When I arrived in Cuba, an El Salvadoran was being tried for terroristic bombing and four Cuban dissidents were being tried for criticizing the Cuban system, and the trials were being shown on national television. Tension was in the air. Nevertheless, even though it is a grave criminal offense to challenge Cuba’s socialist system, I was determined to deliver a presentation of libertarian principles in the middle of Havana. I got my chance when one of the research centers I visited asked me to explain libertarianism to its staff.
I said, “In the United States, the state runs our educational system and it is a disaster. We libertarians challenge the state by asking: ‘Why not end state involvement in education and have a free market in education?'”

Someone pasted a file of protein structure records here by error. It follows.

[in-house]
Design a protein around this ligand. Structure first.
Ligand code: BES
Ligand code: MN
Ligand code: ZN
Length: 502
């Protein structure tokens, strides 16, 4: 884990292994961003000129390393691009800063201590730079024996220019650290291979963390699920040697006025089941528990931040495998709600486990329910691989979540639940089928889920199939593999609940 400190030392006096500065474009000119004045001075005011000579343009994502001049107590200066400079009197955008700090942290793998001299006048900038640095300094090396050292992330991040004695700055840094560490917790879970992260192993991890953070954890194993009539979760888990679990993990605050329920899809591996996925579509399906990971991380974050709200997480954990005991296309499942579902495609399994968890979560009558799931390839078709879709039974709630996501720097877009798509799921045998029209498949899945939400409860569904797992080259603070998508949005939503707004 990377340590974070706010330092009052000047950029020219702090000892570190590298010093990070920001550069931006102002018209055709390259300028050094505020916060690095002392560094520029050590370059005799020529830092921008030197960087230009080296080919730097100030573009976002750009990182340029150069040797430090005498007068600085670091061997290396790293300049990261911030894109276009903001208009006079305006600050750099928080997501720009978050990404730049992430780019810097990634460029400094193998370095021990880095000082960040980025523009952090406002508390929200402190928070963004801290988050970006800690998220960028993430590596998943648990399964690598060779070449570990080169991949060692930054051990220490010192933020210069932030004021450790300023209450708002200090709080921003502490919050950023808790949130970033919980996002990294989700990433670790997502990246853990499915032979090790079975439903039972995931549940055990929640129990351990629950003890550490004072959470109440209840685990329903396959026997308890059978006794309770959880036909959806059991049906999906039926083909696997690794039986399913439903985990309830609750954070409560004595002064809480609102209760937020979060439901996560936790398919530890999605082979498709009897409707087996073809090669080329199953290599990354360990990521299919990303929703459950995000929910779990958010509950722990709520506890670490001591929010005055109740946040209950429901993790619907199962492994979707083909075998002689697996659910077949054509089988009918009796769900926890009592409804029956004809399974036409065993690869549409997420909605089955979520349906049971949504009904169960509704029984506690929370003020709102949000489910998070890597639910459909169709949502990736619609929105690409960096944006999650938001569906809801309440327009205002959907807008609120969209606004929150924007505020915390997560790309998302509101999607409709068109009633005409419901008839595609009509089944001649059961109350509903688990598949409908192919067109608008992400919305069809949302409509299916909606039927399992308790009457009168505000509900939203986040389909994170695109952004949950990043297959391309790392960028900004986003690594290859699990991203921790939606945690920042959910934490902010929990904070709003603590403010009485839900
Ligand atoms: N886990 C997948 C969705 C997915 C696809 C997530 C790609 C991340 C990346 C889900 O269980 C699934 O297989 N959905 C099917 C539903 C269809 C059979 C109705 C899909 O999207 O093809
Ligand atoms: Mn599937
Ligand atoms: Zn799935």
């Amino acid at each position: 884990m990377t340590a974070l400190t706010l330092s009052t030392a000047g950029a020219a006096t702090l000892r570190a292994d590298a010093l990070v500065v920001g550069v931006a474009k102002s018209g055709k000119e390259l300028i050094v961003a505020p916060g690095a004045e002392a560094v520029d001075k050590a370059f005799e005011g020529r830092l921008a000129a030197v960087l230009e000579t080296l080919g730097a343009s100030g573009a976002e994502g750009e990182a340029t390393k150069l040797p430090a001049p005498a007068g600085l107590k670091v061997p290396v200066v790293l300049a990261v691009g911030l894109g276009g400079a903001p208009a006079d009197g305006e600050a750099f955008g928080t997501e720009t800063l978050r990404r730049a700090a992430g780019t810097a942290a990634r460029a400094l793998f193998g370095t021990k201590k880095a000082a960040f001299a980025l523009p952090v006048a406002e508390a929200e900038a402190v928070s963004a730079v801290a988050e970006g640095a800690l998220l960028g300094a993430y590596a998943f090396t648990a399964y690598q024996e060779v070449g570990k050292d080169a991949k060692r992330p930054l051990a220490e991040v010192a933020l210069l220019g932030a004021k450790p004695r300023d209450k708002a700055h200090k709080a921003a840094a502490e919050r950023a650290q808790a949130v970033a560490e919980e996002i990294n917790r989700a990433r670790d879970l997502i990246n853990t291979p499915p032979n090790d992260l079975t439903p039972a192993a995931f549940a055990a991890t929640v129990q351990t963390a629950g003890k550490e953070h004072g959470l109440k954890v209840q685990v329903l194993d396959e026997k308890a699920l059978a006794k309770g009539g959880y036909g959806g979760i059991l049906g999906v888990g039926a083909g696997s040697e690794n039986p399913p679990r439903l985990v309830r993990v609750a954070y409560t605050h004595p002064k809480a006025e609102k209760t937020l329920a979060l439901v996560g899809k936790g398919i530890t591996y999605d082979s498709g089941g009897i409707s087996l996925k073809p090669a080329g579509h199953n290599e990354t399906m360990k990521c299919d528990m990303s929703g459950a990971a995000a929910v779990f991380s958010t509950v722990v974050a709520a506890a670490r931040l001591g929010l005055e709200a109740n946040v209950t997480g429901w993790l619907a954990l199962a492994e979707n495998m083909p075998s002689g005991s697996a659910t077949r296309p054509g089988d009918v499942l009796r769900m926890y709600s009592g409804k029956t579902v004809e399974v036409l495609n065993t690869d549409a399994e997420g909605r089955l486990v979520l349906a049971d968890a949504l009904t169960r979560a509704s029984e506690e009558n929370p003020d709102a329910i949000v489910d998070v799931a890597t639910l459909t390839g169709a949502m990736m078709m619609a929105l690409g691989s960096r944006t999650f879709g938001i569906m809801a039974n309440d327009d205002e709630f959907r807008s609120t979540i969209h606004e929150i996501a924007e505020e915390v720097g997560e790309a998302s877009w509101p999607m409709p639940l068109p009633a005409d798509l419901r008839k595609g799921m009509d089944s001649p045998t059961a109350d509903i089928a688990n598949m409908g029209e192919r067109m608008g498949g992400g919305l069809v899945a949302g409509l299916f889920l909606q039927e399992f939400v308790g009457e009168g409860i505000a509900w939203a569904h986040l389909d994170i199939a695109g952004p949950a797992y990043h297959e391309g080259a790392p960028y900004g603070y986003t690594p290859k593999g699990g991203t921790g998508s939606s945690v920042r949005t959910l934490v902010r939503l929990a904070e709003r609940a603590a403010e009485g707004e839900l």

“Our government also runs an old-age assistance program for Americans called Social Security, and it is a bankrupt mess. We libertarians challenge the state by asking, ‘Why shouldn’t people be free to keep what they earn and to manage their own money and retirement?'”
“Our government runs a national health care system called Medicare and Medicaid, and it is another government abomination. We libertarians challenge the state by asking, ‘Why not abolish these programs and have a free market in health care?'”
“Our government runs a vicious war against drugs, which, after many decades, is a total failure and which has actually made things worse for our country. We libertarians challenge the state by asking, ‘Why shouldn’t individuals be free to do whatever they want, so long as their conduct is peaceful?'”
“Our government wages a brutal war on immigrants, especially along the southern border of our country. We libertarians challenge the state by asking, ‘Why shouldn’t people be free to cross borders freely, improve their lives through labor, enter into mutually beneficial relationships with others, and accumulate unlimited amounts of wealth?'”